What is the most important thing for your newborn baby?What is going to affect his long-term development? How can you significantly make a positive impact on this new life? What is that one thing that he needs the most?
You. Your love. Your attention. Your time.
That is all he needs. Nothing more. Nothing less.
It is a big commitment but that's exactly what being a parent is. A lifelong commitment.
The first 3 months of baby's life are really the 4th trimester. They are the first months of his life earthside, learning about his new world and how he fits in it. He needs you to show him how loved he is. He needs to know you're there for him.
According to Jean Liedloff, how we treat our baby during this critical time determines how he will develop in his life, both psychologically and emotionally. She says that evolution has primed our babies to expect that until they can crawl we will be carrying them everywhere and sleeping in the same bed with them and that by not providing this to our child we are depriving them of the nurturing and love they need to develop successfully.
This can sound like a lot of work to always be carrying your baby about but with all the modern day baby carriers on the market it's no work at all and actually fun! Babywearing makes parenting easier (plus you get to wear cute stylish carriers).
Bed sharing is much less scary than it sounds too. You may have a fear you'll crush the baby or you won't get any sleep but really you'll sleep just as well or better than if she was in another room. Breastfeeding while bed sharing is so simple too, you don't even have to get up. When baby stirs and nuzzles for a boob, you can pull it out and you both fall back asleep as she nurses.
Being able to keep baby close to you throughout the day and night helps this new little human feel safe that momma is there for them, confident that they will be taken care of, and free to enjoy their new worlds sights and sounds. A brand new baby doesn't know anything but the feeling of contentment in someone's arms and the stark contrast of not being in-arms that creates a desire to be held.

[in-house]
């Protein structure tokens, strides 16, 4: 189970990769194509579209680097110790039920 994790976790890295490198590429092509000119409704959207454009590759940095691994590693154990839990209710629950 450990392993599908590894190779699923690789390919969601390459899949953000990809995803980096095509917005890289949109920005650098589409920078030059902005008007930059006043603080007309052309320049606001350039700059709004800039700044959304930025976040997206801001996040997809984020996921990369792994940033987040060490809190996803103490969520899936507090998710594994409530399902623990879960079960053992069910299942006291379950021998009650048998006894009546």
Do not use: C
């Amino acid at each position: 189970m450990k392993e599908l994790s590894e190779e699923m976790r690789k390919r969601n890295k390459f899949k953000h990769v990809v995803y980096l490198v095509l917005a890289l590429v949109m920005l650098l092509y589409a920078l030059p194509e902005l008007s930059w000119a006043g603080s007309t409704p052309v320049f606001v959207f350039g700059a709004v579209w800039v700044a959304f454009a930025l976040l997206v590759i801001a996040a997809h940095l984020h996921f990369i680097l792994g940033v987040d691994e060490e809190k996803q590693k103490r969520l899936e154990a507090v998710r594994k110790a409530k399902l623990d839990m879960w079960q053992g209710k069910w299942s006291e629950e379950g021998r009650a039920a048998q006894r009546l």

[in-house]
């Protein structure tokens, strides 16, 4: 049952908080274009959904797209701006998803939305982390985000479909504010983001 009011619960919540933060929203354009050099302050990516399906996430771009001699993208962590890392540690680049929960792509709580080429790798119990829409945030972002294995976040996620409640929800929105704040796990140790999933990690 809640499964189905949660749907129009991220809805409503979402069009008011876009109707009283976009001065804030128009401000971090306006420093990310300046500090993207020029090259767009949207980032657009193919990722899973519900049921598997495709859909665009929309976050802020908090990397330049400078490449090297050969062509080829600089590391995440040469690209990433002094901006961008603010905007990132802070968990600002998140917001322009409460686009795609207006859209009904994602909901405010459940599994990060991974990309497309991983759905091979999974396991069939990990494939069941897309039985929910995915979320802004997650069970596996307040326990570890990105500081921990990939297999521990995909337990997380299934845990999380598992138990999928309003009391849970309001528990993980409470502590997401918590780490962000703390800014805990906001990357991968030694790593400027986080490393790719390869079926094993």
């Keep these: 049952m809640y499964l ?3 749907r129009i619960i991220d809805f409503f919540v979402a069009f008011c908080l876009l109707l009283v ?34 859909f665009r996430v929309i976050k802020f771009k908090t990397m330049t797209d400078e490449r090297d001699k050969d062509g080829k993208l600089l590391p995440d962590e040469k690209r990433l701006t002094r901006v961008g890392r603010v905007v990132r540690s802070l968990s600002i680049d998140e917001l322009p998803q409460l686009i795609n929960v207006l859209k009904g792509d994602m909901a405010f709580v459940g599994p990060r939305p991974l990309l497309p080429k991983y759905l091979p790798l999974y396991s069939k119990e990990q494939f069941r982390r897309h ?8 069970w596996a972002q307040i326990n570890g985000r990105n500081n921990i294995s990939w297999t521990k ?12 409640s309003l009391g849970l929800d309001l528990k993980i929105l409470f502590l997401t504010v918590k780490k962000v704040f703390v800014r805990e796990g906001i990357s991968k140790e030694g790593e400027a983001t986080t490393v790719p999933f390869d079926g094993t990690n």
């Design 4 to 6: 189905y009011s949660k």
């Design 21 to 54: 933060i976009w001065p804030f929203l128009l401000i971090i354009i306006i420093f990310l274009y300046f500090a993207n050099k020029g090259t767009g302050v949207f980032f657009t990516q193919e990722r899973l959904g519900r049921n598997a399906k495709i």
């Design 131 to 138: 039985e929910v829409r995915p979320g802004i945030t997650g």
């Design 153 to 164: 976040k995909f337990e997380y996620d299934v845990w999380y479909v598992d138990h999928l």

That's all he wants, to be held. To feel the comfort, caress, warmth and love in the arms of his caregiver. He knows no feelings of hope that'll you'll pick him up soon or patience to wait for you. His cries to express his desire to be held only end when relief comes or he is simply exhausted from crying and falls asleep.
So forget about the housework, order delivery, and go cuddle with that sweet new life. That's all he really wants. The more time you can have him be in-arms the more confident, happy, and emotionally stable he will be as he grows up.
If you are interested in learning more about this style of parenting that supports raising an emotionally healthy child and creating a joyful fulfilling relationship I highly suggest the book: The Continuum Concept.
I am not a physician nor am I giving medical advice. Please consult your physician before following any of my advice listed above or in any other page of my website. None of the links above are affiliate links and I make no money from them.